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For-Profit or Not - We All Should be Satisfying Customers 

Jim Correll, director Fab Lab ICC at Independence Community College, Independence Kansas 

The owners of a restaurant in a community far, far away, decide they need more customers. Business has been dwindling. They think it’s due to the economy or to increased competition. In reality the food quality and service levels have declined, and many customers have not been satisfied with the value they receive at this restaurant. The owners decide they need better marketing to get more people in the door. The fallacy of this strategy is that increased marketing will expose more people to the less than stellar food and service and the business will not grow. 

We all should be about satisfying customers, whether or not we work in or own for-profit businesses or are part of not-for-profit institutions and even government agencies. One way or another, someone is paying the bill for us to continue operations and we should be making sure our customers, constituents or taxpayers are satisfied with the value they receive from our services. I’m going to use city governments as an example, but the principals apply to all units of government, local, state and federal. They all should be treating constituent businesses and individuals as customers not subjects to be governed. This is not about one particular community. I’ve observed this lack of customer service in the Kansas communities in which I’ve lived, large and small as well as a large city in Washington state. 

We hire city managers that have had no training in customer service nor entrepreneurial thinking. Most I’ve known about have never owned a business of their own, struggling to make payroll each period while doing their best to satisfy their customers and keep them coming back. It’s not really the city manager’s fault. The training and culture of city government is to, well, govern. Keep the citizens in line. Make sure the ordinances are followed and the bills are paid. 

This lack of customer service training is not unique to government education and training. Most all professional training and education in all the major fields such as medicine, law, accounting and insurance is all about the technical aspects with little or no attention to customer satisfaction.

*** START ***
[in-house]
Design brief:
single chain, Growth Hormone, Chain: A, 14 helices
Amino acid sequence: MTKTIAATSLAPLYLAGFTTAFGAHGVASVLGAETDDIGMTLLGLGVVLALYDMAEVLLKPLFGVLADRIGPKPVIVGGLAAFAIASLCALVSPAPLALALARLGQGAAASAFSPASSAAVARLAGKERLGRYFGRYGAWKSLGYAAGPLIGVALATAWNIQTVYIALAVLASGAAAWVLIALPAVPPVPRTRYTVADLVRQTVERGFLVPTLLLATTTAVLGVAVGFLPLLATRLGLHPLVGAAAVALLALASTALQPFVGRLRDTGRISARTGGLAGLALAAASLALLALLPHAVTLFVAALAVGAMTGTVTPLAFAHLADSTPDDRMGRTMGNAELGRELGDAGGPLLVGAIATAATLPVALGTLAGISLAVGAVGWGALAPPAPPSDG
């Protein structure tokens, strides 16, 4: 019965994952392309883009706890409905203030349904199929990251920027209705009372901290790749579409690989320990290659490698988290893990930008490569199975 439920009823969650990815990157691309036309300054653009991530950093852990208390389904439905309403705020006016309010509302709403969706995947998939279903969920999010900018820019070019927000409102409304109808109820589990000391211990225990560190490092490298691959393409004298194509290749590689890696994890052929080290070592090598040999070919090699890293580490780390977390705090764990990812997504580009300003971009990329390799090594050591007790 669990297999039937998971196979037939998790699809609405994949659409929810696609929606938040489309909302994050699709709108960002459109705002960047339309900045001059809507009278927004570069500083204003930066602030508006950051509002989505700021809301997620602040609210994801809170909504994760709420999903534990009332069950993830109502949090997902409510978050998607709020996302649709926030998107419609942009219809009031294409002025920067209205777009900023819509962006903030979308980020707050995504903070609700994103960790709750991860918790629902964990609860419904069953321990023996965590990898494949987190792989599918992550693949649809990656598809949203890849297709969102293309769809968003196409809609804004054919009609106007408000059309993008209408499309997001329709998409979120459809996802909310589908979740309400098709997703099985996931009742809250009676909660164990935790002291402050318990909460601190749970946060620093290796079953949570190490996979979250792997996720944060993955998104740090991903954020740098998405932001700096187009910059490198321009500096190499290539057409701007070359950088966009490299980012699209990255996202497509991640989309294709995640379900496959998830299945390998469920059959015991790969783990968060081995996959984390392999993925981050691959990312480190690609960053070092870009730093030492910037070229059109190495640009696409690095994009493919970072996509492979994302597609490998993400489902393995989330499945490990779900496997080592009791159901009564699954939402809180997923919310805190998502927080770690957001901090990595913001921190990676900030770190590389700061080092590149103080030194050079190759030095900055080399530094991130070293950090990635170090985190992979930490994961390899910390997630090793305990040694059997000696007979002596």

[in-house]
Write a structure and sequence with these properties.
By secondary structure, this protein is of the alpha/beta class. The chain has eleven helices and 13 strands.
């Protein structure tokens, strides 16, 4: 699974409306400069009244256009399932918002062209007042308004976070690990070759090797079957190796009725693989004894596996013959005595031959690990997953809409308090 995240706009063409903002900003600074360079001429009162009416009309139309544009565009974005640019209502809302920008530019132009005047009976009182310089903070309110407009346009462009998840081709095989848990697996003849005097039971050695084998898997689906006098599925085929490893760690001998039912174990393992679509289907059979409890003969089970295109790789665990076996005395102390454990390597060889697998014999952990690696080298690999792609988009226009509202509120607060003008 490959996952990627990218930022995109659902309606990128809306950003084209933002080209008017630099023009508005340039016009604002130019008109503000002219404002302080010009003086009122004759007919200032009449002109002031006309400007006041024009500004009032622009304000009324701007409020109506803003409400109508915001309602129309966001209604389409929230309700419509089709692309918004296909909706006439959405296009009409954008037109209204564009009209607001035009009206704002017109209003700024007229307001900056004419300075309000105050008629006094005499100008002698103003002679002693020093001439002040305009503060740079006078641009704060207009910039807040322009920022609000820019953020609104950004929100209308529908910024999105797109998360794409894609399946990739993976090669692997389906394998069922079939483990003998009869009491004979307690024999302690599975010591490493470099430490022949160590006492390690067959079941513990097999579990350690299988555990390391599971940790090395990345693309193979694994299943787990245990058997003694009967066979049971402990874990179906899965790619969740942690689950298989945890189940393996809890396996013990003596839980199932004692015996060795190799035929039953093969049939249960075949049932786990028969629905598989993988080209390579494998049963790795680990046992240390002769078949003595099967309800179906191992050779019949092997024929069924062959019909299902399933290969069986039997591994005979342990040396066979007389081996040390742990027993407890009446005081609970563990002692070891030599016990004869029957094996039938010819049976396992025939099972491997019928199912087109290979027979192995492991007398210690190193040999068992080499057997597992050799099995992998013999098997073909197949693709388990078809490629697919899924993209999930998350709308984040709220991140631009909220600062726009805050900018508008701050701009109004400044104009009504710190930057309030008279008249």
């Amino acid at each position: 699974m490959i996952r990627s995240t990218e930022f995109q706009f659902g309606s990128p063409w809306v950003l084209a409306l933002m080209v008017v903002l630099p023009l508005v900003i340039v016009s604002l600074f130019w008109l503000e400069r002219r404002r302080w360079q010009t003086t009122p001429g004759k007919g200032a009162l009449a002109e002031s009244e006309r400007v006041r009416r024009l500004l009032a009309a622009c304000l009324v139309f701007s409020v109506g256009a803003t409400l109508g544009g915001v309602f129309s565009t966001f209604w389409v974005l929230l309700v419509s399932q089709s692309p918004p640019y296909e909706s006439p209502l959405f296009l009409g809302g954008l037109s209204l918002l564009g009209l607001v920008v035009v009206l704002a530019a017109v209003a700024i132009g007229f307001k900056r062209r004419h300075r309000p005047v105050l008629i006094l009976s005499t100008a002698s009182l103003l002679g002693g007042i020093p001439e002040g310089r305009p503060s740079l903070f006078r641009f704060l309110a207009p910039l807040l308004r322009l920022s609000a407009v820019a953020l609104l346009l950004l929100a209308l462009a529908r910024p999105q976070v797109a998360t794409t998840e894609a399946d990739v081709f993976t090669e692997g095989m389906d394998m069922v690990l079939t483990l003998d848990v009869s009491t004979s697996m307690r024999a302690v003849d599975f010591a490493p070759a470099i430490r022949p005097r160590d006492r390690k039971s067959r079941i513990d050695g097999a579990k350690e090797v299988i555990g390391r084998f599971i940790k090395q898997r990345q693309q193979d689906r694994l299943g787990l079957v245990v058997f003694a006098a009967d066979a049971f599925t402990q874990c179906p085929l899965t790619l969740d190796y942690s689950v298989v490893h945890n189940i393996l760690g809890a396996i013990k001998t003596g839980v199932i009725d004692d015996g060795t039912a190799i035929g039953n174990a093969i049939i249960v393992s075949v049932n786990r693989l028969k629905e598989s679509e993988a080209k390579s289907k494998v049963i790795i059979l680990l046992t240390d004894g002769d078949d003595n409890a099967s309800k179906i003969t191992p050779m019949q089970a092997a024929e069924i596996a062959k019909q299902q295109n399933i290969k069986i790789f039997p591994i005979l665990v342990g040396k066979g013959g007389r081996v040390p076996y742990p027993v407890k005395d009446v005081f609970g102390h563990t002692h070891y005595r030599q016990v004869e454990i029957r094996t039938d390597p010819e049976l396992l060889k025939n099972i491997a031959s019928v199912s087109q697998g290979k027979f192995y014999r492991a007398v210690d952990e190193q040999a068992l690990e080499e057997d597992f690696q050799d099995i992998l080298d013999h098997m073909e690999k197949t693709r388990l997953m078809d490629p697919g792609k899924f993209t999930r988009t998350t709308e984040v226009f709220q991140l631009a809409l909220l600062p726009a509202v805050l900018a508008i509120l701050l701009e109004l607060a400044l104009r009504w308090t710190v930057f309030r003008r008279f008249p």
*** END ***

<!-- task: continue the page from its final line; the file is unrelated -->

Cities and counties sponsor all kinds of efforts to bring new people and businesses to their communities. But, like the restaurant’s increased marketing campaign, if cities are not customer friendly the word will be out, and new people and businesses won’t come and the ones that are already there will not be satisfied customers. 

Example. A business buys a larger building to expand and proceeds to re-establish an interior wall that was removed by the previous owner. The fire chief, who happens to be a customer, sees this project and the business owner soon receives a call from the city attorney demanding that the business owner file a building permit. It’s one thing to debate whether or not a building permit should be required in this case, but really, is it good customer service to pay the city attorney $250 per hour to call the owner and scare him into getting the building permit? I could fill this column, in multiple parts, with similar stories but I’ll let this one suffice for right now. 

The number one objective in a city’s economic development and recruiting effort should be to change the culture within all of city government to one of treating constituents like customers and not as subjects. It’s not that the cities don’t have a job to do in making sure ordinances are enforced. After all, the reason we agree to the ordinances in the first place is that we don’t want our neighbors to be allowed to have something like a full-blown chicken operation next door. Rather, it’s in the way the rules are enforced. 

How do we change the culture in city government? We can train everyone in how to think like an entrepreneur. The really successful entrepreneurs see their role as providing solutions to customer problems in the best and most innovative way possible, creating satisfied customers. 

No doubt running a city is a balancing act using scarce tax-payer resources in the most efficient way possible to provide the city services necessary for a healthy and prosperous community. If the constituents felt like satisfied customers instead of subjects, their communities would grow and there would be much less grumbling about taxes paid for city services. 

Jim Correll can be reached at (620) 252-5349, by email at jcorrell@indycc.edu or Twitter @jimcorrellksThe views and opinions expressed in this column are those of the author and do not necessarily reflect the policy or position of Fab Lab ICC or Independence Community College. Archive columns and podcasts at jimcorrell.com. 

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